Teaching Articles

Writing: Going Through the Process

Article by: Mogahed M. Mogahed

One of the most important aspects of recent educational reform efforts is the increased attention to the skill of writing. Writing is a powerful instrument of thinking because it provides students with a way of gaining control over their thoughts. It shapes their perception of themselves and the world. It aids in their personal growth and it affects change on their environment.

However, students are often unaware of the power of the written word, which "enables the writer…to sense the power of language to affect another. Through using, selecting and rejecting, arranging and rearranging language, the student comes to understand how language is used" (Greenberg & Rath, 1985, 12).

According to Risinger (1987), writing enhances learning in several ways. First, it requires knowledge and focuses thought. In order to write students must have something to say. Therefore, students must acquire and present content (facts, generalizations and concepts) when they write. Second, it enhances critical thinking. Thinking skills should be at the heart of any curriculum design and instructional strategies. Third, writing shifts responsibility for learning away from teachers and towards students. A piece of composition belongs only to the writer, not another student or the teacher.

Moreover, writing is considered an important learning tool. Graves (1987) affirms that writing contributes significantly to improvement in the reading skills. Consequently, the ability to revise writing is one of the higher forms of reading. In addition, writing develops courage by requiring that the student gives up anonymity. In addition, writing develops initiative by requiring that the student supplies everything him/herself. Bello (1997) adds that writing enhances language acquisition as learners experiment with words, sentences to communicate their ideas effectively and reinforce the grammar and vocabulary they are learning in class.

Writing is a task that no two people do the same way. However, there are some logical steps that every writer seems to follow in the creation of a piece of writing. These steps are: prewriting, drafting, revising, editing and publishing. These steps are not exclusive of each other. Additionally, most of these steps are reciprocal and work done in one area may necessitate returning to a step that has already been completed.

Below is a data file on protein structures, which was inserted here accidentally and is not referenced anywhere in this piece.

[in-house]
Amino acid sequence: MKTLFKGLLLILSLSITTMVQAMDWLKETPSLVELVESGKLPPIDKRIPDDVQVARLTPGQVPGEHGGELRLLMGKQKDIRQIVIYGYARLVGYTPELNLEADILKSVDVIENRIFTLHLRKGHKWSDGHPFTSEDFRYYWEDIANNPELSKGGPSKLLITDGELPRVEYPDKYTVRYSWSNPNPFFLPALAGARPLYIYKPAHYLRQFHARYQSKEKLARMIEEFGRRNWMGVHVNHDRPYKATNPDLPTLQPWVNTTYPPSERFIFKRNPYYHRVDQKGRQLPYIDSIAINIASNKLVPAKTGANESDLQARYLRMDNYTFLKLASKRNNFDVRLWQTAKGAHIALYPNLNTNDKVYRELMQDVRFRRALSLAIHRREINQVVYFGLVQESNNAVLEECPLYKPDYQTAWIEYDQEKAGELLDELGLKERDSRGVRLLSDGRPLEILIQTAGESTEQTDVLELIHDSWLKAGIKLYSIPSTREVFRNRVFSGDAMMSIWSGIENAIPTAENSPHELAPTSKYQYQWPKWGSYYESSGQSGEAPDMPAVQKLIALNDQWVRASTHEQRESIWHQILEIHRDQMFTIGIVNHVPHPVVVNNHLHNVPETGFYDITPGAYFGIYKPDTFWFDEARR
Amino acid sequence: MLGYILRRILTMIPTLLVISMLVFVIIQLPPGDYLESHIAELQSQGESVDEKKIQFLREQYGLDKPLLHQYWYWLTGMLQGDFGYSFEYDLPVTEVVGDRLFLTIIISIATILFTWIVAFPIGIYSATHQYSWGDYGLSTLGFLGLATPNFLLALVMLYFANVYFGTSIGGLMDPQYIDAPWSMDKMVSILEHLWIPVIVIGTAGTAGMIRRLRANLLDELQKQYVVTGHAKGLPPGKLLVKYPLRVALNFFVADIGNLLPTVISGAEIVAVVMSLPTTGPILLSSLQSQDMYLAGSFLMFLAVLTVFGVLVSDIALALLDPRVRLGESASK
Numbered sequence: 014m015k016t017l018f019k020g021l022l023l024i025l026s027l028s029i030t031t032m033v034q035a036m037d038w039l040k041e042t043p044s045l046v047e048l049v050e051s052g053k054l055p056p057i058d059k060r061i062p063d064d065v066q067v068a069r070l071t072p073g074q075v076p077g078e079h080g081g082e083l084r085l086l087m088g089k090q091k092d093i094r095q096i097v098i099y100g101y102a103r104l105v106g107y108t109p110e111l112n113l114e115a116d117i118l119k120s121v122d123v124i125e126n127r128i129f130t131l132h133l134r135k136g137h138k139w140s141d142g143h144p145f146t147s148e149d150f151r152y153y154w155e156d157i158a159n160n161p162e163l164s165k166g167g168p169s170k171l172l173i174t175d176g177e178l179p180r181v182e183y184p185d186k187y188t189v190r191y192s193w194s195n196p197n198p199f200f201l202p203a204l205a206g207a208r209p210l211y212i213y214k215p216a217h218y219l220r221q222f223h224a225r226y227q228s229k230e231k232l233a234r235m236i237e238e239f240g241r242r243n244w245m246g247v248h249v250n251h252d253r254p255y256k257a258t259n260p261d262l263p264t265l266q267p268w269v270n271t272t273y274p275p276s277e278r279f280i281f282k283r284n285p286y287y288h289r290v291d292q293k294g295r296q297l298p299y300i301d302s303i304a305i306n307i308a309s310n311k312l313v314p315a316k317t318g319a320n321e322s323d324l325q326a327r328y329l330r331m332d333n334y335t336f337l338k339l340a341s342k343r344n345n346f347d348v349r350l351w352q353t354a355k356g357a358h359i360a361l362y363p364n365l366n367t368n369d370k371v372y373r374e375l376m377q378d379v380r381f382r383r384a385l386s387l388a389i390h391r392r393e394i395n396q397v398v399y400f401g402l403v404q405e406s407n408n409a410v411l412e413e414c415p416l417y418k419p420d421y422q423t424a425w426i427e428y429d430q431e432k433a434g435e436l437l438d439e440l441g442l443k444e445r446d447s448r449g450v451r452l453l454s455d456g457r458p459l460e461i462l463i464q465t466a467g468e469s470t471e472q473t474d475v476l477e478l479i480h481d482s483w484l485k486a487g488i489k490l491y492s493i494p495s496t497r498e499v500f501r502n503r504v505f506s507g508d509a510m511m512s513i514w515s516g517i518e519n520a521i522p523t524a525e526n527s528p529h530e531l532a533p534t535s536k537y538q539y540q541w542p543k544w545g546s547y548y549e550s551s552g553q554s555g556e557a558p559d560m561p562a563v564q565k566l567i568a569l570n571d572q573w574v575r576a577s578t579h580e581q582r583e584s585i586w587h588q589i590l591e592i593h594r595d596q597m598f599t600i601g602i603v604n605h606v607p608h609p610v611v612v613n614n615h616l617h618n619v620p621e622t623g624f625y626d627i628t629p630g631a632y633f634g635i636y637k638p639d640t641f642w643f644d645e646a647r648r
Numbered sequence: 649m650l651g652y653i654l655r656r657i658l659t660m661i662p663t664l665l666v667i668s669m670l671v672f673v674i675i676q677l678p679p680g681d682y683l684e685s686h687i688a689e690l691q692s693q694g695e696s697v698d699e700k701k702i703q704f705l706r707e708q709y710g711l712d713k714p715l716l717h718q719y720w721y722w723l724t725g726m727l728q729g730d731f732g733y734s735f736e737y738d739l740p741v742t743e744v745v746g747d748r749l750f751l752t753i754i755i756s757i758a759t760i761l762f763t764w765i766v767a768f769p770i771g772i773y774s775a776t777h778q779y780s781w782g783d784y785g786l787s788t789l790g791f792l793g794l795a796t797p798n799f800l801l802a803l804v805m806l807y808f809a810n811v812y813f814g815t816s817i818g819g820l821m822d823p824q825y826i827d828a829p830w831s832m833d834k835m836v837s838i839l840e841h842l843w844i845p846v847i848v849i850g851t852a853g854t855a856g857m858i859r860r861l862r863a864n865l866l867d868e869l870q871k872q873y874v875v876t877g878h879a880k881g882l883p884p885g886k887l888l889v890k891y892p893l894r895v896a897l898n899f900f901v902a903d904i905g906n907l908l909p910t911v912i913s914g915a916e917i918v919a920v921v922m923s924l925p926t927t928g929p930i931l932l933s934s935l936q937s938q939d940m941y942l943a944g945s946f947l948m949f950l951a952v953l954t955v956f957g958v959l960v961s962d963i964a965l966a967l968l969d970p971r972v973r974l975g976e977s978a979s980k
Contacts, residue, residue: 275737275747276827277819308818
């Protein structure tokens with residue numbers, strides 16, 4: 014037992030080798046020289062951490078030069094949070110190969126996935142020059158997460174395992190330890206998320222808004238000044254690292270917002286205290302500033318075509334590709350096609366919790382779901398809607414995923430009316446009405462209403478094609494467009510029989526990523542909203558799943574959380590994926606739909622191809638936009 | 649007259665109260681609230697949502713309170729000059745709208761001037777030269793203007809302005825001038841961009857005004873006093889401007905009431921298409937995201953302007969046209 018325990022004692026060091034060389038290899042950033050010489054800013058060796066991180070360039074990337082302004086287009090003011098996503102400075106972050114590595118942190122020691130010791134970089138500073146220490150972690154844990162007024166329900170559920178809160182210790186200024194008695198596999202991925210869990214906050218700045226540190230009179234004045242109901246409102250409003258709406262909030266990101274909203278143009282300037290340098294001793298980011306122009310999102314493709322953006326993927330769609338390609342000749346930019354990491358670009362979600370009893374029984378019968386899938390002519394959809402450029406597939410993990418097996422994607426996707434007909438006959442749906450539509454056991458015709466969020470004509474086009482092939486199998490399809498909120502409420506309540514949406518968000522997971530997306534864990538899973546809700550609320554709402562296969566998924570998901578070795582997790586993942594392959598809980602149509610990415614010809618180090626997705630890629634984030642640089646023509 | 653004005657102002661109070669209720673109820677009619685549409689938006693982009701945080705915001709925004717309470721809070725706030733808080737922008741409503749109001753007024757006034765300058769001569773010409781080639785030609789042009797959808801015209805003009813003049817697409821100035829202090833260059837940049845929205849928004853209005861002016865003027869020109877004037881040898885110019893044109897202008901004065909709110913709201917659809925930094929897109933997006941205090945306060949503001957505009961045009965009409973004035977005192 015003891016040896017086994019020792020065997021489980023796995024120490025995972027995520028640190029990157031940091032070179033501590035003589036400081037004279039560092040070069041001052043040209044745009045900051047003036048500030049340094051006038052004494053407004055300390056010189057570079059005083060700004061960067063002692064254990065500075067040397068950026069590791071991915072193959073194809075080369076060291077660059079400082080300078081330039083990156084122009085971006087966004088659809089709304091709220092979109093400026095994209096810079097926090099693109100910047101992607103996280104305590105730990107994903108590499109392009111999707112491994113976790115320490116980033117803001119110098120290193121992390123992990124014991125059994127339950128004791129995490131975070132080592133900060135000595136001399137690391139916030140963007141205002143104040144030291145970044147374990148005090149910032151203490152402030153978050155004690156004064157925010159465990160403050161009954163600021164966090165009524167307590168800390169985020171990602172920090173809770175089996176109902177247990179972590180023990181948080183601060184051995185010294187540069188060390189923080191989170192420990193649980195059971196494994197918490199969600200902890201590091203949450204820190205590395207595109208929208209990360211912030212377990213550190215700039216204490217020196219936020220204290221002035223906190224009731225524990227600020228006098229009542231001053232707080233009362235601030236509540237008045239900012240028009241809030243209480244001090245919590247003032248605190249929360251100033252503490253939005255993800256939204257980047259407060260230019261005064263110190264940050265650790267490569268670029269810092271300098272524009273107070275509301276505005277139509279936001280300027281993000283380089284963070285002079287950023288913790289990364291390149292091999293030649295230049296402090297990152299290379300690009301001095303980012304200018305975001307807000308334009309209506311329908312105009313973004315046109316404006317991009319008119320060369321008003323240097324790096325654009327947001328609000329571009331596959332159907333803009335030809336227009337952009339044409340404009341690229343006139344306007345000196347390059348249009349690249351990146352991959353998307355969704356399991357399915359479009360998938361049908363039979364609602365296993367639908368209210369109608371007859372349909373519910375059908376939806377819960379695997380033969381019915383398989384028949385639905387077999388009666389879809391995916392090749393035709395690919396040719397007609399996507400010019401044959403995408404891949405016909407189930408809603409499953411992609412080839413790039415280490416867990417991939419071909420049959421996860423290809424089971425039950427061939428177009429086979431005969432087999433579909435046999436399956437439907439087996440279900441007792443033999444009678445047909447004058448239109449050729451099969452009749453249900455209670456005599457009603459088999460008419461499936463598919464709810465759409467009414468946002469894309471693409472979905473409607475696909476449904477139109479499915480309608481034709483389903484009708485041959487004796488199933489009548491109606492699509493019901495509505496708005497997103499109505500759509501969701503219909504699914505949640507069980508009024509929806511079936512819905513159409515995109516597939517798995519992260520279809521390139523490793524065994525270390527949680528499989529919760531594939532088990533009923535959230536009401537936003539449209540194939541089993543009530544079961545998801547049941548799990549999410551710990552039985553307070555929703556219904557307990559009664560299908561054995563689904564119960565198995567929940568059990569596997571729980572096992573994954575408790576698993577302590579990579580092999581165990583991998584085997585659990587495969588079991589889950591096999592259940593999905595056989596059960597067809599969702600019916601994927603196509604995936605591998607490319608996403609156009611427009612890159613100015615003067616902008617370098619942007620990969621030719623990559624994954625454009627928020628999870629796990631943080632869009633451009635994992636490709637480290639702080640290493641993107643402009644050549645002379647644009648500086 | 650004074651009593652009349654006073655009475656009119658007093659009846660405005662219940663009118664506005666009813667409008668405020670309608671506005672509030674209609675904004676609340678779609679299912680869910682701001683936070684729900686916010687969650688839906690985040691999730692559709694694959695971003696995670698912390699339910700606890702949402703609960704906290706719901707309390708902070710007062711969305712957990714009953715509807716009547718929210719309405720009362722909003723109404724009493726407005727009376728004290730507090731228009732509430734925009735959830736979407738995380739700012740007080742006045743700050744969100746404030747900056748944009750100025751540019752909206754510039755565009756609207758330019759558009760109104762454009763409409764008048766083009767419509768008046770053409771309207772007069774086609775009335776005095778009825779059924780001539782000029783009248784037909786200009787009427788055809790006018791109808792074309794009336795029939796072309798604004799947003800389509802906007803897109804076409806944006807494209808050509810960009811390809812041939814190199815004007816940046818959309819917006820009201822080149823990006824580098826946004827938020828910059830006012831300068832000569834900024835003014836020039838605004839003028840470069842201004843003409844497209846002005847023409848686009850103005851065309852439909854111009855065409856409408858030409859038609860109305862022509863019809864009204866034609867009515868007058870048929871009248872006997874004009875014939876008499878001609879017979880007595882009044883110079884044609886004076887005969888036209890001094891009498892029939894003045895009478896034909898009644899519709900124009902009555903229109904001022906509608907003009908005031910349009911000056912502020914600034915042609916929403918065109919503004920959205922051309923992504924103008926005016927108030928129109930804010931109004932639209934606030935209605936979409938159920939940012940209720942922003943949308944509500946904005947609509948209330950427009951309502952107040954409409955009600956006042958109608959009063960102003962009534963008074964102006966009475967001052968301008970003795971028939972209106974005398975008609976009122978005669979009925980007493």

pen on paper

Recognizing that writing is a complex, recursive, dynamic and nonlinear process, experts such as Bereiter & Scardamalia (1987) and Hayes & Flowers (1986) in the field of composition have developed and tested instructional methods in keeping with the true nature of the act of writing. Looked at it this way, it becomes obvious that the writing process has a number of distinct stages; these stages include prewriting, drafting, revising, editing and publication.

Kinneavy (1987) affirms that process writing (PW) has some obvious advantages. First, it focuses attention on the student as a writer and enables the teacher and the student's peers to assist in the ordeal of writing. Second, student-teacher conferences, collaborative writing, peer consulting, and the importance of several drafts- all receive much attention.

PW techniques were revolutionary when they emerged during the 1960s and 1970s because they actually worked to help students write better and moved them away from memorization of grammar and usage concepts, which was producing little positive effect (Faigley, 1986).

It is claimed that PW assists students whatever their ability level. Once students understand the process and trust that the teacher will accept and approve of their writing, the ability to write improves dramatically. Jarvis (2000) asserts that many students do not enjoy writing because they feel that if they cannot do it correctly the first time then they will never get it.

Writing will be more manageable if it is taken as a multi-step process. The student will be able to write well if he/she thinks of writing as being composed of many short-term goals, rather than one long-term goal.


  • Bello, T. (1997b). Writing Topics for Adult ESL Students. Paper presented at the 31st Annual Teachers of English to Speakers of Other Languages Convention, Orlando, FL.
  • Bereiter, C. & Scardamalia, M. (1987). The Psychology of WrittenComposition. Hillsdale, NJ: Lawrence Erlbaum Associates.
  • Faigley, L. (1986). Competing Theories of Process; A Critique and a Proposal. College English,. 48.
  • Graves, D. (1987). Balance the Basics: Let them Write. Durham, New Hampshire: University of New Hampshire, Education Department.
  • Greenberg, J & Rath, C. (1985). Empowering Students through Writing. Educational Leadership 42 (5).
  • Hayes, J. & Flower, L. (1986). Writing Research and the Writer. American Psychologist 41, 1106-1113.
  • Jarvis, D. (2000). The Process Writing Method. TESL Journal 8 (7).
  • Kinneavy, J. (1987). The Process of Writing: A Philosophical Base in Hermeneutics. JAC 7.
  • Risinger, C. (1987). Improving Writing Skills through Social Studies. ERIC Digest (ED 285829).

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Author’s Biographical Note

Mogahed M. Mogahed was born in Mansoura, Egypt. He received his BA, MA, and PhD degrees in education from Mansoura University, where he is a member of the project team in charge of developing admission tests. The author is interested in Teaching English as a Foreign Language and translation teaching. Contact author.

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